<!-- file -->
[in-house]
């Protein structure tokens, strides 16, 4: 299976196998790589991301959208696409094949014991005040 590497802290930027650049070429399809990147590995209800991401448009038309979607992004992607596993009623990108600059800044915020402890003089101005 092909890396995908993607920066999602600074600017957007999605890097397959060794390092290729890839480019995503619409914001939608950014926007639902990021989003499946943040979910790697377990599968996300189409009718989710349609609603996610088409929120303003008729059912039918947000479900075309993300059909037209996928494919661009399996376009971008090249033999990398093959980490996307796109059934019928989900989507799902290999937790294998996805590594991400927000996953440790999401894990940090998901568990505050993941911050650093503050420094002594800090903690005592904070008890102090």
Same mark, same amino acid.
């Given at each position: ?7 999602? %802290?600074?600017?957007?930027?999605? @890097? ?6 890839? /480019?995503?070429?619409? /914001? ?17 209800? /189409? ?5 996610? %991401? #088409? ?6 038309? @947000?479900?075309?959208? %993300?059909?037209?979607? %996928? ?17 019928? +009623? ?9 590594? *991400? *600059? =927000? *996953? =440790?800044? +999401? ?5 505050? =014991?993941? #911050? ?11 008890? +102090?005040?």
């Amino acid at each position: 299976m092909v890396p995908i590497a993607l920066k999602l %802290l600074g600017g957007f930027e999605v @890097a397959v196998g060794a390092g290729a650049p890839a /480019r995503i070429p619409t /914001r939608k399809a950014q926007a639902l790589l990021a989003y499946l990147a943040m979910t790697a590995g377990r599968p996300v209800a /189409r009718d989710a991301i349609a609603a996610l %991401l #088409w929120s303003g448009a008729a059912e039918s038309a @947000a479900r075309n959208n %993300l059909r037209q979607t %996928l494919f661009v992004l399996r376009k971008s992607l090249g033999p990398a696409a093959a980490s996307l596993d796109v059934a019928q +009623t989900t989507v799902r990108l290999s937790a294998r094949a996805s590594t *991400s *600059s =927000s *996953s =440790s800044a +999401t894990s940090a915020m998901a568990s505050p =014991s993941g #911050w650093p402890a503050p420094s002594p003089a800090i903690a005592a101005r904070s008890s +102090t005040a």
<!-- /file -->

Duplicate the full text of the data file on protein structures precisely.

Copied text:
[in-house]
């Protein structure tokens, strides 16, 4: 299976196998790589991301959208696409094949014991005040 590497802290930027650049070429399809990147590995209800991401448009038309979607992004992607596993009623990108600059800044915020402890003089101005 092909890396995908993607920066999602600074600017957007999605890097397959060794390092290729890839480019995503619409914001939608950014926007639902990021989003499946943040979910790697377990599968996300189409009718989710349609609603996610088409929120303003008729059912039918947000479900075309993300059909037209996928494919661009399996376009971008090249033999990398093959980490996307796109059934019928989900989507799902290999937790294998996805590594991400927000996953440790999401894990940090998901568990505050993941911050650093503050420094002594800090903690005592904070008890102090």
Same mark, same amino acid.
């Given at each position: ?7 999602? %802290?600074?600017?957007?930027?999605? @890097? ?6 890839? /480019?995503?070429?619409? /914001? ?17 209800? /189409? ?5 996610? %991401? #088409? ?6 038309? @947000?479900?075309?959208? %993300?059909?037209?979607? %996928? ?17 019928? +009623? ?9 590594? *991400? *600059? =927000? *996953? =440790?800044? +999401? ?5 505050? =014991?993941? #911050? ?11 008890? +102090?005040?």
């Amino acid at each position: 299976m092909v890396p995908i590497a993607l920066k999602l %802290l600074g600017g957007f930027e999605v @890097a397959v196998g060794a390092g290729a650049p890839a /480019r995503i070429p619409t /914001r939608k399809a950014q926007a639902l790589l990021a989003y499946l990147a943040m979910t790697a590995g377990r599968p996300v209800a /189409r009718d989710a991301i349609a609603a996610l %991401l #088409w929120s303003g448009a008729a059912e039918s038309a @947000a479900r075309n959208n %993300l059909r037209q979607t %996928l494919f661009v992004l399996r376009k971008s992607l090249g033999p990398a696409a093959a980490s996307l596993d796109v059934a019928q +009623t989900t989507v799902r990108l290999s937790a294998r094949a996805s590594t *991400s *600059s =927000s *996953s =440790s800044a +999401t894990s940090a915020m998901a568990s505050p =014991s993941g #911050w650093p402890a503050p420094s002594p003089a800090i903690a005592a101005r904070s008890s +102090t005040a």